December 12, 2012

Moving Grumbles and Sage Advice

This massage therapist thinks she is organized. She thinks she has a good grip on where things are and handy when needed.

Ho, Ho, Ho, delusional again. 

Moving is a drag under the best circumstances. This circumstance was a Wednesday. I had clients on the book. Ho, Ho, Ho. Mistake again.
When we got to the new office, two blocks away. The furniture was dusty, and all the boxes were labeled “Mom’s dolls.” I had to work not knowing where anything was.

At least it wasn’t too hard to get the table up and find bins with sheets in them. I had the oil sitting in the front seat of my car, on top of my schedule book.

The clock was in one of the bins marked “Mom’s Dolls,” so I used my cell phone to track the time. In the middle of a massage, it started vibrating with an incoming call.

I could not find any of the aromatherapies either, so I took my plain oil and ventured forward. The fellows had to unpack the rest of the truck without me while I was in session, so I came out of the therapy room to a nice huge pile of boxes and stuff.

Pier One Imports had room dividers on sale. Eureka. I hid half the pile behind the divider and got back to work. Then I noticed there were two sheets of toilet paper left in the bathroom. Off to the market.

My phone kept buzzing. Everyone wanted appointments. I wanted to lie down.

At the hardware store later that day, I found a nice shower curtain to cover the rest of the pile. The clock was still in the pile somewhere. My phone rang again. Every time it rang I looked at it in terror.

Well, sometimes you cannot do too much about how the schedule goes. Rooms aren’t ready, landlords do demolitions, clients want in. I wondered how my clients felt about the jumble.

“I couldn’t wait to move out of my office,” my first client told me. “The landlord was a total pill, the place was too expensive and it didn’t fit my business anymore.”

I am lucky enough to have people who understand.

“By the way,” she added. “Don’t let any of the guys pick the paint.”

Sage advice, literally. We went With Mountain Sage and celery, with a celadon for my therapy room. And I found my clock - a week later.

Chopsticks: Catching the Posterior Scalene in Action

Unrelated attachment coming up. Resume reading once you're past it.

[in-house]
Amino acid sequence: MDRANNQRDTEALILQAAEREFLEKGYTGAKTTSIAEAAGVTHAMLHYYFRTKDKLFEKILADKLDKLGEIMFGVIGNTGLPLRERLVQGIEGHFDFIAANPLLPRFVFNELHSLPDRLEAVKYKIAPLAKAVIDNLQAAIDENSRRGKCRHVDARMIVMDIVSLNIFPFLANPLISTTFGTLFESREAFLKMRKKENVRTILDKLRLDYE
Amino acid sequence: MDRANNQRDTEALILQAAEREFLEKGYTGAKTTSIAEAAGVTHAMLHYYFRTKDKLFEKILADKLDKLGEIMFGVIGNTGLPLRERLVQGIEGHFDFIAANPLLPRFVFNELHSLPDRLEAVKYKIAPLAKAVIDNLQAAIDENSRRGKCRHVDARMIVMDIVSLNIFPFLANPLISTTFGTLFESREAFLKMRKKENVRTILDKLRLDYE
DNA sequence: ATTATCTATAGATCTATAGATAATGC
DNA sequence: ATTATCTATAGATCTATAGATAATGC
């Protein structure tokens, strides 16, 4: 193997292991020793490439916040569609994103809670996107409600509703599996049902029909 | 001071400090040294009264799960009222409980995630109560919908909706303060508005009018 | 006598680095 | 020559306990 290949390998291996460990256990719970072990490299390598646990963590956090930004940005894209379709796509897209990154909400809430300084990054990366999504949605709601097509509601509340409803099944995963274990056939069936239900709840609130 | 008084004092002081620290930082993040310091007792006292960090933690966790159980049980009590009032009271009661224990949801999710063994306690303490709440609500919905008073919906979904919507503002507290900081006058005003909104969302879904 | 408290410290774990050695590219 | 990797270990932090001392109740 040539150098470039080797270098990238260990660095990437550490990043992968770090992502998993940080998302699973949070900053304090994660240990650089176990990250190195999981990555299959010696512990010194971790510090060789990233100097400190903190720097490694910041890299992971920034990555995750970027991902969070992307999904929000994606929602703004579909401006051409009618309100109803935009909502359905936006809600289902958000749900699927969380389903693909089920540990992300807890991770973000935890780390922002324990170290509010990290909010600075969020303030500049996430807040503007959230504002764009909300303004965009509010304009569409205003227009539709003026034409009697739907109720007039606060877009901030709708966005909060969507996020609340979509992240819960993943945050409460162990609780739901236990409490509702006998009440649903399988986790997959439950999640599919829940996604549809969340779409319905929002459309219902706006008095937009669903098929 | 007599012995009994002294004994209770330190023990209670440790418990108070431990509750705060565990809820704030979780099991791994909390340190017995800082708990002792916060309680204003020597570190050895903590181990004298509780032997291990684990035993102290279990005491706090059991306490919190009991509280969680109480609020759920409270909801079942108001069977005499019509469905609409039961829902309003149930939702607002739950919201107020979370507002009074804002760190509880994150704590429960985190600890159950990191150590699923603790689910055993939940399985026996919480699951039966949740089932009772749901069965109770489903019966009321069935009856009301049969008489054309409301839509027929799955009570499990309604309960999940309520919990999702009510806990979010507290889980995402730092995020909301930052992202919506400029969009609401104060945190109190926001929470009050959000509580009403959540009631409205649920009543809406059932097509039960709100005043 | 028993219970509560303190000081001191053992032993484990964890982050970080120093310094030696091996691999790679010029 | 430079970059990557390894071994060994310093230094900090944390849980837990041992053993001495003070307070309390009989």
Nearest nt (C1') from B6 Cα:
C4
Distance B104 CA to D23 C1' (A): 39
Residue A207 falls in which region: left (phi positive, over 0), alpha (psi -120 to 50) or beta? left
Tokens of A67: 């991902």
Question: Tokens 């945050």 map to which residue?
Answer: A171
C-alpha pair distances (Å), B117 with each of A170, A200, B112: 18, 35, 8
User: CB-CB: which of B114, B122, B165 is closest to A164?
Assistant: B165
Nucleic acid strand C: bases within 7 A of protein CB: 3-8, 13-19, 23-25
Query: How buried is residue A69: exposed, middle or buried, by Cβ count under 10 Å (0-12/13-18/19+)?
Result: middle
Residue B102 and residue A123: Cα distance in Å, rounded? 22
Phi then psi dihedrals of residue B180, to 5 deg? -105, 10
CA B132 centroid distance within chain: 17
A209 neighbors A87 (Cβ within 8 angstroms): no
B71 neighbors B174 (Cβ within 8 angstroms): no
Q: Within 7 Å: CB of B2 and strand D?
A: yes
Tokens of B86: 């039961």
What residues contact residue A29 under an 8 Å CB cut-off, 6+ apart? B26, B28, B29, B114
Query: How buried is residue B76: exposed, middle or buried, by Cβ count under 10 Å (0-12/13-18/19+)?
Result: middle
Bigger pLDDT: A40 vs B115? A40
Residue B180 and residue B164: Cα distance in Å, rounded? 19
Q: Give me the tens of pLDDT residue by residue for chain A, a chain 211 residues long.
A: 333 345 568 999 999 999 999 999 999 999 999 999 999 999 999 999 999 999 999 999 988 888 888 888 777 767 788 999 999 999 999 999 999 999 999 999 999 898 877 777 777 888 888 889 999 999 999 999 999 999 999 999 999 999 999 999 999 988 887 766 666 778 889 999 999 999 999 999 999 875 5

That’s a lot of old-fashioned chronic inflammation with the posterior scalene stretched far from its anatomical role. Those poor guys are stretched over the precipice and desperately pulling back. Adhesed, unloved, overworked and so far under the trapezius that even a deep tissue massage barely touches it, the posterior scalenes are crying for help.

Massaging many people with neck pain, I have developed a deep respect for the nefarious actions of overstretched posterior scalenes.

Most neck pain folks looking for massage come in with a history of working on computers, lots of driving and an old accident – usually whiplash or cervical strain.

Getting my teddy bear paws in the posterior scalene zone is a tough goal to achieve. First, the trapezuis acts like a prison. Going through from the back of the neck just plain hurts.

With the client supine, I like to flex the neck to the side slightly and slip soft fingers along the posterior scalene. Then I gently shorten the scalene until it can sense that a different way of life is possible.  With the scalene approximated for about 30 seconds, I add a light, slow cross-fiber crushing with soft fingers. (I said soft again didn’t I? Ever feel a hard touch on a scalene?)

Anyhow, if there is a hope of redemption here, the scalene should soften, going from concrete to something more like jerky.

I try to get clients to start chin retractions, pushing the chin back while keeping the head level. I find they can do it best on the table, against a wall or even better against the car seat headrest.

Three gentle (that pesky word again) chin retractions of above 5 seconds each, with a five-second relax in between. That should put the head closer to the anatomical position and take the posterior scalene off precipice duty.

It isn’t an easy path, but well worth it to get the neck feeling better. I then suggest the client stop playing piano with their nose.